I did a Google search in preparation for a class session on IS & Sustainability for university carbon management programs. The first few pages of hits contained some useful links to university-wide programs to assess and manage carbon emissions, all of which were located in the UK. Here are some examples, with snippets on data management:
6.3 Data Management – measuring the difference, measuring the benefit
Data on energy performance will be coordinated and collated annually by the University Energy Management Engineer and will include energy information on buildings, street lighting, and waste. A process for collating energy information on transport will also be implemented within two years. The project team will decide on how best to communicate important information on energy/ CO2 performance to the University community e.g. information on the success of energy specific campaigns. Information on energy performance will be communicated to staff and students on a regular (quarterly) basis using the CMP web page. Specific information resulting from, for example, the student inter-hall competition, will be communicated using a poster campaign in each Hall of Residence.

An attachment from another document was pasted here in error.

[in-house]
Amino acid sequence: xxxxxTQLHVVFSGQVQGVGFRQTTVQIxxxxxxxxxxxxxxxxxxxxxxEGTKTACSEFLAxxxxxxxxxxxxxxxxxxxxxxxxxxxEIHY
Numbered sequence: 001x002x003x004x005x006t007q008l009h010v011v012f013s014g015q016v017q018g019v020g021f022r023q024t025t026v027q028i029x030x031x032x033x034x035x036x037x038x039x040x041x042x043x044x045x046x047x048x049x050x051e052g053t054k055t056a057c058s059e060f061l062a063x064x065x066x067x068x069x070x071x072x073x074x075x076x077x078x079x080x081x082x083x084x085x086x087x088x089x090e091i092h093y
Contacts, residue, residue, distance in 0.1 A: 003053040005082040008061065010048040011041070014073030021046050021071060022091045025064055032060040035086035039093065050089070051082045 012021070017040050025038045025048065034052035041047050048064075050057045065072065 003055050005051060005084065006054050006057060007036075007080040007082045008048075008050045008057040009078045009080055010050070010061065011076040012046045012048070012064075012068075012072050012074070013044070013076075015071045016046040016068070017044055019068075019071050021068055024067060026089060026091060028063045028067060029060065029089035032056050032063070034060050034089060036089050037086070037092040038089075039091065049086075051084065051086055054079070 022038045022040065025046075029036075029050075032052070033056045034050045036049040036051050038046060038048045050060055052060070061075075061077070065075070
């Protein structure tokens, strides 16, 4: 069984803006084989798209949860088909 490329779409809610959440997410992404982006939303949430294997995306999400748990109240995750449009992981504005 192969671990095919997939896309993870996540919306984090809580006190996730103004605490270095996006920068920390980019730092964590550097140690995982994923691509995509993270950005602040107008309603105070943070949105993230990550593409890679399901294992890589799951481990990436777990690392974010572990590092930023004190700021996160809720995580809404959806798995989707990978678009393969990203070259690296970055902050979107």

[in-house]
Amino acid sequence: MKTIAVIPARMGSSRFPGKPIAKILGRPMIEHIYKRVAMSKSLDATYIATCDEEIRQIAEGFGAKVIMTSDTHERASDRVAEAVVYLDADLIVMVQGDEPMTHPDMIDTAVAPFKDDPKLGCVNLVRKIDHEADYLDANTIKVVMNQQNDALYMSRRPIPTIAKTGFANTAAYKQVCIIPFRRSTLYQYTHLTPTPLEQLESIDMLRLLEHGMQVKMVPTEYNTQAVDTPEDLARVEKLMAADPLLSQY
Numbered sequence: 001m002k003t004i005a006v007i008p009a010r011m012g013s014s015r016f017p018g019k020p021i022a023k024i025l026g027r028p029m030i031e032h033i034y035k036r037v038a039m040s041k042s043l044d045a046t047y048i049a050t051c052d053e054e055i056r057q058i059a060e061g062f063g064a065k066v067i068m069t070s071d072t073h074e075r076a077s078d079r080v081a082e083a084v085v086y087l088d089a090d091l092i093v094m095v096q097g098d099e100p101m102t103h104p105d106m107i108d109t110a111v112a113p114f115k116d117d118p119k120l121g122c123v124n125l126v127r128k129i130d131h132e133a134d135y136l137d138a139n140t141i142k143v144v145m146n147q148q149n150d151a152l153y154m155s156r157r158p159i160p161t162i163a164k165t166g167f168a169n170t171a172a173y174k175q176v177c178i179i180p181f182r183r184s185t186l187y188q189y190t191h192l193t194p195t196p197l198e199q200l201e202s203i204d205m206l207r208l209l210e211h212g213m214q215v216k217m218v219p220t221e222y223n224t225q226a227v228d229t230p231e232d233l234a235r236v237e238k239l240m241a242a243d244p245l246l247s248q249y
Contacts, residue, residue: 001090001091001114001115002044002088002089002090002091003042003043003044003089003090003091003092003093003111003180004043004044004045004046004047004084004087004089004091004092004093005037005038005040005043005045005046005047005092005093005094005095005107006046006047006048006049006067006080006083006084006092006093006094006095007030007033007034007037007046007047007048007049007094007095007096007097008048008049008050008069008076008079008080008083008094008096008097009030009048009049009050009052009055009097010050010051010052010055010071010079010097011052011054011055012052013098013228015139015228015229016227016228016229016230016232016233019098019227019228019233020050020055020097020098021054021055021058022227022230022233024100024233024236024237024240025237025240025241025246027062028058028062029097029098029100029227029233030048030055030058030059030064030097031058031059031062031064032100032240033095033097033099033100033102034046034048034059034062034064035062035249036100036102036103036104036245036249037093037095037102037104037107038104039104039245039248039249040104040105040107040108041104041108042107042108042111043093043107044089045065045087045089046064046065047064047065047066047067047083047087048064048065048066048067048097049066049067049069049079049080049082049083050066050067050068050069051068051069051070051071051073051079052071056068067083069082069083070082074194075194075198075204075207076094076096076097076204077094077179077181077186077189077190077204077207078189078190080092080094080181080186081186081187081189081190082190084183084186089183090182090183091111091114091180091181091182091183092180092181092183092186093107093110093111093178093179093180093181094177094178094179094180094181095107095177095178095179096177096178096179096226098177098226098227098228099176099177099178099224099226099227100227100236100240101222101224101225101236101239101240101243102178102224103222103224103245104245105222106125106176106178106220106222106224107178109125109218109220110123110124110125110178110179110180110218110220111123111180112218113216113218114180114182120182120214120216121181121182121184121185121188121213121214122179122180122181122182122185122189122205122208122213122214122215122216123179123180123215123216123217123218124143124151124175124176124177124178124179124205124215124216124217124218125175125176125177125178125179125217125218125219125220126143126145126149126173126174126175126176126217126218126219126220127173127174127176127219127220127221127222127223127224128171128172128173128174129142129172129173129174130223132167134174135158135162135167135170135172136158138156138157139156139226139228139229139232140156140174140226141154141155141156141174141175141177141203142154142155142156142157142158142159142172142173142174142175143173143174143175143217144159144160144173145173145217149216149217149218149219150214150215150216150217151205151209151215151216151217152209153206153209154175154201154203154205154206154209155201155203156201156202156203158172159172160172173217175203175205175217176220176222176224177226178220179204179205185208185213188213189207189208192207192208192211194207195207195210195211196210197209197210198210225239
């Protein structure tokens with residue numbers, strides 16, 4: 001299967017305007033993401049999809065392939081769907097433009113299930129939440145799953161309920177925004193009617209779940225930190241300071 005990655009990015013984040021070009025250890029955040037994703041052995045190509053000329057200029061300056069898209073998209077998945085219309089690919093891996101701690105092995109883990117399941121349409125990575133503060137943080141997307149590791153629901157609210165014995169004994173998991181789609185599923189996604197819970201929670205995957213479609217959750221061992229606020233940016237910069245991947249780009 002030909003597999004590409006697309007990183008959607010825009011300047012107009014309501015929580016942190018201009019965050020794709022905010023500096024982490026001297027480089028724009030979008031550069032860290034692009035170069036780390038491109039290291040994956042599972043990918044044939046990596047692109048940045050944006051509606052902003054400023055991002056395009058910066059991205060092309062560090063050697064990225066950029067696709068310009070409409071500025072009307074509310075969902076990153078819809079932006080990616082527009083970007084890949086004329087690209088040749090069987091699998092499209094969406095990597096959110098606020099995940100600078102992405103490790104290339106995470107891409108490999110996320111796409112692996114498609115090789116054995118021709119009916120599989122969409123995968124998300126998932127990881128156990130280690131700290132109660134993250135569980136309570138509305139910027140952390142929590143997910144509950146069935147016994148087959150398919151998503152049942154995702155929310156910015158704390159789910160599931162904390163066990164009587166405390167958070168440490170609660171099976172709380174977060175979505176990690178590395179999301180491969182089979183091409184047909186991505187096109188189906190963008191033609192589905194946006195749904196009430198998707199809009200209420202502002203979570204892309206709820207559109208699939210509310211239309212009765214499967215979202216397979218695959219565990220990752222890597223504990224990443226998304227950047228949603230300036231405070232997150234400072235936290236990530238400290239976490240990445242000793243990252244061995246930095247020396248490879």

6.4. Data management
The University intends to increase the number of smart meters to allow a better understanding of energy consumption in individual buildings and over time. The University Energy Manager will take responsibility for analysing and interpreting these data in order to monitor the success or otherwise of carbon saving projects; identify new opportunities; and provide clear feedback on energy performance to the Carbon Management Board and to the wider University. The data from these monitoring programmes will be available on the intranet for all staff and students. These will have the greatest impact if the data is available at a range of temporal resolutions to allow them to be compared on hourly, daily, monthly and annual timescales.
In fairness, numerous U.S. universities produce sustainability reports, including the University of Michigan. Perhaps it is the focus on carbon emissions that distinguishes the above (or perhaps my search terms, or perhaps other unknowns).